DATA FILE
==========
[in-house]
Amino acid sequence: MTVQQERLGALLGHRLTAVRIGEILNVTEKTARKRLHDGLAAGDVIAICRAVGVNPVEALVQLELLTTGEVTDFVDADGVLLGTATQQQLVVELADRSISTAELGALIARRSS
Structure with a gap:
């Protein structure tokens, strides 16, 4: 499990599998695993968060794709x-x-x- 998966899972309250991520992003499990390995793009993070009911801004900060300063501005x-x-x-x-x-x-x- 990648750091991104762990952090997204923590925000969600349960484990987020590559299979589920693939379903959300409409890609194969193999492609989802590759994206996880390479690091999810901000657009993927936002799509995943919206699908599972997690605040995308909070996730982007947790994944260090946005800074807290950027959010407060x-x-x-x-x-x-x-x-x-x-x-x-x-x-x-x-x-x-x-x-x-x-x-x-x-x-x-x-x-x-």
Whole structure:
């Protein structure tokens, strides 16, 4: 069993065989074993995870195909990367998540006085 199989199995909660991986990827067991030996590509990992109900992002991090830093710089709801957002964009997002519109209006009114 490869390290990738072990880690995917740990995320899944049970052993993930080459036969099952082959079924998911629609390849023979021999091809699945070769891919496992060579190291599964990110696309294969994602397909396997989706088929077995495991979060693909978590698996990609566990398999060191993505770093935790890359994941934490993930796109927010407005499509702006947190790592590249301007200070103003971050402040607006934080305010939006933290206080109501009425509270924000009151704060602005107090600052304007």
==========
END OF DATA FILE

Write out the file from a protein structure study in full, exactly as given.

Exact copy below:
[in-house]
Amino acid sequence: MTVQQERLGALLGHRLTAVRIGEILNVTEKTARKRLHDGLAAGDVIAICRAVGVNPVEALVQLELLTTGEVTDFVDADGVLLGTATQQQLVVELADRSISTAELGALIARRSS
Structure with a gap:
């Protein structure tokens, strides 16, 4: 499990599998695993968060794709x-x-x- 998966899972309250991520992003499990390995793009993070009911801004900060300063501005x-x-x-x-x-x-x- 990648750091991104762990952090997204923590925000969600349960484990987020590559299979589920693939379903959300409409890609194969193999492609989802590759994206996880390479690091999810901000657009993927936002799509995943919206699908599972997690605040995308909070996730982007947790994944260090946005800074807290950027959010407060x-x-x-x-x-x-x-x-x-x-x-x-x-x-x-x-x-x-x-x-x-x-x-x-x-x-x-x-x-x-």
Whole structure:
């Protein structure tokens, strides 16, 4: 069993065989074993995870195909990367998540006085 199989199995909660991986990827067991030996590509990992109900992002991090830093710089709801957002964009997002519109209006009114 490869390290990738072990880690995917740990995320899944049970052993993930080459036969099952082959079924998911629609390849023979021999091809699945070769891919496992060579190291599964990110696309294969994602397909396997989706088929077995495991979060693909978590698996990609566990398999060191993505770093935790890359994941934490993930796109927010407005499509702006947190790592590249301007200070103003971050402040607006934080305010939006933290206080109501009425509270924000009151704060602005107090600052304007």